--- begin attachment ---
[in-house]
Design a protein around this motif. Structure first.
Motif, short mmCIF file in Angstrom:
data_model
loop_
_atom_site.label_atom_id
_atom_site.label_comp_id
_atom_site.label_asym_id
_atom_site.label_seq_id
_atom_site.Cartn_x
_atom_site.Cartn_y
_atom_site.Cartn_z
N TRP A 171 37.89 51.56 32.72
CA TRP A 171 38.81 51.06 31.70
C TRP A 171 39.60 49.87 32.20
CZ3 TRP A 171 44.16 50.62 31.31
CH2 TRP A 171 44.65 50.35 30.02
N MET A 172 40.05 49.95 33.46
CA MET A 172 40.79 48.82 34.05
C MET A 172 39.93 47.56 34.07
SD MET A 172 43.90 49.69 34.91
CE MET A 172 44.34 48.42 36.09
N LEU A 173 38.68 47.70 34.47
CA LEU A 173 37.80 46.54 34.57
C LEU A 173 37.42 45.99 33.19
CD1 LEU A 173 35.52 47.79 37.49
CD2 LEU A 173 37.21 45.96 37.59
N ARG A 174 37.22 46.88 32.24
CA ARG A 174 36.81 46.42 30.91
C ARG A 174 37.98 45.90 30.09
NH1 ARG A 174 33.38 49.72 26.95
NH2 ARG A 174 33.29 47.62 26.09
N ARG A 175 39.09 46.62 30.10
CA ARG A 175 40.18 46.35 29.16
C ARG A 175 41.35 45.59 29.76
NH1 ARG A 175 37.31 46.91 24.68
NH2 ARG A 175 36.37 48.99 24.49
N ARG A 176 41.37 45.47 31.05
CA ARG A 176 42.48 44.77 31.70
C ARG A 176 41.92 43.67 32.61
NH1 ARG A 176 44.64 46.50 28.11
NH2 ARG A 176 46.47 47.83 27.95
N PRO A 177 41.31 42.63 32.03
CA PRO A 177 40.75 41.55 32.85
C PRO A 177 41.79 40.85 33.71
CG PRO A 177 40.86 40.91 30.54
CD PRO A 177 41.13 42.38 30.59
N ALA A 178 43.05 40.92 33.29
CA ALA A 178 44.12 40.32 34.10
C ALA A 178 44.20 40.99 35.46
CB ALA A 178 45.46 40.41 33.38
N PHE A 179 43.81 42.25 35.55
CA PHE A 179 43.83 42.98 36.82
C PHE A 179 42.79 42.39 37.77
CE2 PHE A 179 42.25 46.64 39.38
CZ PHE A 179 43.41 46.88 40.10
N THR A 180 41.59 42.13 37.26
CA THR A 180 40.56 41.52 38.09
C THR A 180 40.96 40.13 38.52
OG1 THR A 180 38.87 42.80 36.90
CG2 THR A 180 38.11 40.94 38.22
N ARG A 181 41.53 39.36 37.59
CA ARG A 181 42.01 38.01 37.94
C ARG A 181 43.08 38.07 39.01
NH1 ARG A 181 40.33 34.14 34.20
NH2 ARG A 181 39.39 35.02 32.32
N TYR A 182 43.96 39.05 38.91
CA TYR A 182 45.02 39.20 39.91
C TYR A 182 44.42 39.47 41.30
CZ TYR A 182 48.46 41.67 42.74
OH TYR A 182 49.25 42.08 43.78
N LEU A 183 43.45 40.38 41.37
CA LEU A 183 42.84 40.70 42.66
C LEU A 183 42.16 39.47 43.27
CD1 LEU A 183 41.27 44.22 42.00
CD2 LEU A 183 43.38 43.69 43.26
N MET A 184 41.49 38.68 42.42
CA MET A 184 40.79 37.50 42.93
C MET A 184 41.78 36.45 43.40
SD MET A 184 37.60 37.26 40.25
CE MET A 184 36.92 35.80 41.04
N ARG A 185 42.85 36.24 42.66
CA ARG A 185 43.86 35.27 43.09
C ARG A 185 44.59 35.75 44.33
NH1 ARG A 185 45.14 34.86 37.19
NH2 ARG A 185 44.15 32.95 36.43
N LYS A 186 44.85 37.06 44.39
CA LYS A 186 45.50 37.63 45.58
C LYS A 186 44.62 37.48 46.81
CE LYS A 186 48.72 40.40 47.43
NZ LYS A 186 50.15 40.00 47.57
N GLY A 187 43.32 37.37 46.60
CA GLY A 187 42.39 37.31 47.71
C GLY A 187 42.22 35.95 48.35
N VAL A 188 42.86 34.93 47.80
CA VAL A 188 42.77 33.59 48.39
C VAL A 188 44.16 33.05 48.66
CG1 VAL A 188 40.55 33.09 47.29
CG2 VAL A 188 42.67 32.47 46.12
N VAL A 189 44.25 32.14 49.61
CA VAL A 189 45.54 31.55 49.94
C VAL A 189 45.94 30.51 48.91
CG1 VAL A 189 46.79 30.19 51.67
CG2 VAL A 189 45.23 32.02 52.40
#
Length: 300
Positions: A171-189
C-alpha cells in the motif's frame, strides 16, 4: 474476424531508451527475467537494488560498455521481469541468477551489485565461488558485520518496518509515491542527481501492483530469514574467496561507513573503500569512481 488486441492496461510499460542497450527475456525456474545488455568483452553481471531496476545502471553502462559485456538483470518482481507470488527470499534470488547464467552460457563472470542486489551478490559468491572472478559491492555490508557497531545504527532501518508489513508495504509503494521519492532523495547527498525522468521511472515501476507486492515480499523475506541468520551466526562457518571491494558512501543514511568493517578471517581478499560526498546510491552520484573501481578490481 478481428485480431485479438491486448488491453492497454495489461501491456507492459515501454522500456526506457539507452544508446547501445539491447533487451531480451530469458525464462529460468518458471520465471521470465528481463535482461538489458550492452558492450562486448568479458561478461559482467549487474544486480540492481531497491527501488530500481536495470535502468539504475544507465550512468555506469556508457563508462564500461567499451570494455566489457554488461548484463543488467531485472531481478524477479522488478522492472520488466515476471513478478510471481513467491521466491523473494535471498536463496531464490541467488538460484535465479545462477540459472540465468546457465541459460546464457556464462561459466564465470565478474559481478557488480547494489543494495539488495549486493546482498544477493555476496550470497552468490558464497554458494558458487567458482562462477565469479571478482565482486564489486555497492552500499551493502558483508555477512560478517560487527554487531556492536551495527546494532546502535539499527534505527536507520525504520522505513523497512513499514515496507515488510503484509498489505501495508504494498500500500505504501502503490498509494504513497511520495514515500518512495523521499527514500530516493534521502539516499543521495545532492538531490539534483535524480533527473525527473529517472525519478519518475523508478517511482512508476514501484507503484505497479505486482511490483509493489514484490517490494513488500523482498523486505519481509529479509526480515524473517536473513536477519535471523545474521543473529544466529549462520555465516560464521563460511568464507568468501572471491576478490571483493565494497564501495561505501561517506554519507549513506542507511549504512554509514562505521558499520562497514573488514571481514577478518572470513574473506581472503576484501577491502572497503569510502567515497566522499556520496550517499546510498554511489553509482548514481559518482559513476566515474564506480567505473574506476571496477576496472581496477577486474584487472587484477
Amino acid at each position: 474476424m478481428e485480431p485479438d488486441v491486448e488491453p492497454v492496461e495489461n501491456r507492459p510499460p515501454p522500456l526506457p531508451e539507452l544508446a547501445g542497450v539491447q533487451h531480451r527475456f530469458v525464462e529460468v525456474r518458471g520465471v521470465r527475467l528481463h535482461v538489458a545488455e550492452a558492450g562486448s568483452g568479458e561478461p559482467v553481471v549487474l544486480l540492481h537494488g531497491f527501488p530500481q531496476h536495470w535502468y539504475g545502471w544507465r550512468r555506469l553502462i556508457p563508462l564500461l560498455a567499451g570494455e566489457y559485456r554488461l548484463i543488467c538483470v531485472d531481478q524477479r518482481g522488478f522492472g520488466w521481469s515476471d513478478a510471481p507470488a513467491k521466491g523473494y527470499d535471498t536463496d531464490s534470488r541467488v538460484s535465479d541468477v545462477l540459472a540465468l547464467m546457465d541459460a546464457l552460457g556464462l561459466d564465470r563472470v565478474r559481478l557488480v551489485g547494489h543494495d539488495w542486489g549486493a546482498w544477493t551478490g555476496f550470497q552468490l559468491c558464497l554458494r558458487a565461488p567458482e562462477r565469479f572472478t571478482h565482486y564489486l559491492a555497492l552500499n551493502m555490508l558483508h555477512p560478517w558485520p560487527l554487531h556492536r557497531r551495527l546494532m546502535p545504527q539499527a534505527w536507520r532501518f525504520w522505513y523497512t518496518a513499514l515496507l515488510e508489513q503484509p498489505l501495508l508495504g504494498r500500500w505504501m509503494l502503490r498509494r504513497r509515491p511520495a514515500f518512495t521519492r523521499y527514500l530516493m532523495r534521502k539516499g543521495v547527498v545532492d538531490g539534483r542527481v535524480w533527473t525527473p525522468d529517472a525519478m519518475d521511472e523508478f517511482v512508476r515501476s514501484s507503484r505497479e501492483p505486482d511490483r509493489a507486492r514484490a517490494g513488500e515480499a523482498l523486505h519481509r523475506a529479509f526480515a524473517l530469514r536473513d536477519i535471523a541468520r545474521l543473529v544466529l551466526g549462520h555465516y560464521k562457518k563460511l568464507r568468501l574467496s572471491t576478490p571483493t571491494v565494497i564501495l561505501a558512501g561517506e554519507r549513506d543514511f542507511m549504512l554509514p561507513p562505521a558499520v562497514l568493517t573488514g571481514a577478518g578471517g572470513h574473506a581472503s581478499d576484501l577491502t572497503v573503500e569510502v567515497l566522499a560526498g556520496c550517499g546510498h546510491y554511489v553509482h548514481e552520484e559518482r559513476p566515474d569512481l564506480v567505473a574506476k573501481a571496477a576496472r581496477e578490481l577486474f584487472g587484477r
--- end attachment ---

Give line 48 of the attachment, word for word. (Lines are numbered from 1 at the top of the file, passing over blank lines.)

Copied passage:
N ALA A 178 43.05 40.92 33.29